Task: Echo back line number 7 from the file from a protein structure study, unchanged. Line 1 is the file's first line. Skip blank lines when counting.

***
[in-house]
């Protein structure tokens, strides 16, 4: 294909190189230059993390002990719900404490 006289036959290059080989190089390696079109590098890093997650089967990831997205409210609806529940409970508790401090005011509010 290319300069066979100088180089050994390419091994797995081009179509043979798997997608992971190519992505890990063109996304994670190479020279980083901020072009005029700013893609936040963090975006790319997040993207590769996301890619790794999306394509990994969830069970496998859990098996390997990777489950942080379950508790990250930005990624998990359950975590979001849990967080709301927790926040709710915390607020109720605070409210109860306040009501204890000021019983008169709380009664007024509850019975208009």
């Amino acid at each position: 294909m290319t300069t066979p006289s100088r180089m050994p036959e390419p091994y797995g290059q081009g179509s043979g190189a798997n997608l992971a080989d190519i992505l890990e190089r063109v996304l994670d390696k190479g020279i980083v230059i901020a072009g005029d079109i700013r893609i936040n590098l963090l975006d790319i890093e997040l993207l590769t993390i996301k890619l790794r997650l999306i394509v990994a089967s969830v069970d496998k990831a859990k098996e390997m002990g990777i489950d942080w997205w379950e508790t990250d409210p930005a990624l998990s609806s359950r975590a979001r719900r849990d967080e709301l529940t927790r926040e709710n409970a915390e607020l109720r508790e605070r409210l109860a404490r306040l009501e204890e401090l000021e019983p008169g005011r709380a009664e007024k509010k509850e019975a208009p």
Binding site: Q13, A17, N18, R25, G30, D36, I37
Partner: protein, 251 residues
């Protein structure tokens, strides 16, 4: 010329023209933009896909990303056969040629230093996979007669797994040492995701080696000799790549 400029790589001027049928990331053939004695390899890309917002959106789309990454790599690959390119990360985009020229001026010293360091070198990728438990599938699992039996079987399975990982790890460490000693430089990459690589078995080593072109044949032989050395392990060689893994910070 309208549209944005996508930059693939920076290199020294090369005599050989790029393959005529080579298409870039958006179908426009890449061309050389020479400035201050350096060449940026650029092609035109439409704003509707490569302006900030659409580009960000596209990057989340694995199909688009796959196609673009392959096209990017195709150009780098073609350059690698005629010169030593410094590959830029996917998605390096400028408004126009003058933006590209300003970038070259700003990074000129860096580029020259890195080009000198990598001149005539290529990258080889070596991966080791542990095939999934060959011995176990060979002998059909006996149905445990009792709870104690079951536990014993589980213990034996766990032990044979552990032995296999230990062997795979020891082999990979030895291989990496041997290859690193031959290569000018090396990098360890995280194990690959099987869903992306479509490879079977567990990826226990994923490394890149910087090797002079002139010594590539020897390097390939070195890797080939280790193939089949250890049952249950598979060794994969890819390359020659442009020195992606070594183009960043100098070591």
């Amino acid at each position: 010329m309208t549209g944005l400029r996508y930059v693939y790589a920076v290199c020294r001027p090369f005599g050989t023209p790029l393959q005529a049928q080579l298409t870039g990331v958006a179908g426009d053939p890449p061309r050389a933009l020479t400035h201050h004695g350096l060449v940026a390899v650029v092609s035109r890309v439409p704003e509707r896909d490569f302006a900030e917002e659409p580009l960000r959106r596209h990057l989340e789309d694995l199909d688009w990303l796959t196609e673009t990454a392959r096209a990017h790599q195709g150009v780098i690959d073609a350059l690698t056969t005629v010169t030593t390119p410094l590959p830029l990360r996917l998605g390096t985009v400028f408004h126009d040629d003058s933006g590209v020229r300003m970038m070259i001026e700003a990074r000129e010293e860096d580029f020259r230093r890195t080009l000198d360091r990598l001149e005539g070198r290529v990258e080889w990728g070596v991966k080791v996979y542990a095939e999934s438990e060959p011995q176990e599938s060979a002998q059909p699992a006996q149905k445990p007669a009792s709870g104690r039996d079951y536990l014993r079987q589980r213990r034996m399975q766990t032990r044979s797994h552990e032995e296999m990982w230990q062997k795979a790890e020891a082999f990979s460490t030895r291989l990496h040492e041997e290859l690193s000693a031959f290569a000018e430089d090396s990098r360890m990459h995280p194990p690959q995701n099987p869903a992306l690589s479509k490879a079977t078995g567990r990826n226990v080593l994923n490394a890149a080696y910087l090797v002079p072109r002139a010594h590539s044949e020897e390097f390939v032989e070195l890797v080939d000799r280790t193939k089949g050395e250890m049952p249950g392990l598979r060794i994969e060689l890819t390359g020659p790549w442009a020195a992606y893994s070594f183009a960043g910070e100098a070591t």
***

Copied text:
């Amino acid at each position: 010329m309208t549209g944005l400029r996508y930059v693939y790589a920076v290199c020294r001027p090369f005599g050989t023209p790029l393959q005529a049928q080579l298409t870039g990331v958006a179908g426009d053939p890449p061309r050389a933009l020479t400035h201050h004695g350096l060449v940026a390899v650029v092609s035109r890309v439409p704003e509707r896909d490569f302006a900030e917002e659409p580009l960000r959106r596209h990057l989340e789309d694995l199909d688009w990303l796959t196609e673009t990454a392959r096209a990017h790599q195709g150009v780098i690959d073609a350059l690698t056969t005629v010169t030593t390119p410094l590959p830029l990360r996917l998605g390096t985009v400028f408004h126009d040629d003058s933006g590209v020229r300003m970038m070259i001026e700003a990074r000129e010293e860096d580029f020259r230093r890195t080009l000198d360091r990598l001149e005539g070198r290529v990258e080889w990728g070596v991966k080791v996979y542990a095939e999934s438990e060959p011995q176990e599938s060979a002998q059909p699992a006996q149905k445990p007669a009792s709870g104690r039996d079951y536990l014993r079987q589980r213990r034996m399975q766990t032990r044979s797994h552990e032995e296999m990982w230990q062997k795979a790890e020891a082999f990979s460490t030895r291989l990496h040492e041997e290859l690193s000693a031959f290569a000018e430089d090396s990098r360890m990459h995280p194990p690959q995701n099987p869903a992306l690589s479509k490879a079977t078995g567990r990826n226990v080593l994923n490394a890149a080696y910087l090797v002079p072109r002139a010594h590539s044949e020897e390097f390939v032989e070195l890797v080939d000799r280790t193939k089949g050395e250890m049952p249950g392990l598979r060794i994969e060689l890819t390359g020659p790549w442009a020195a992606y893994s070594f183009a960043g910070e100098a070591t």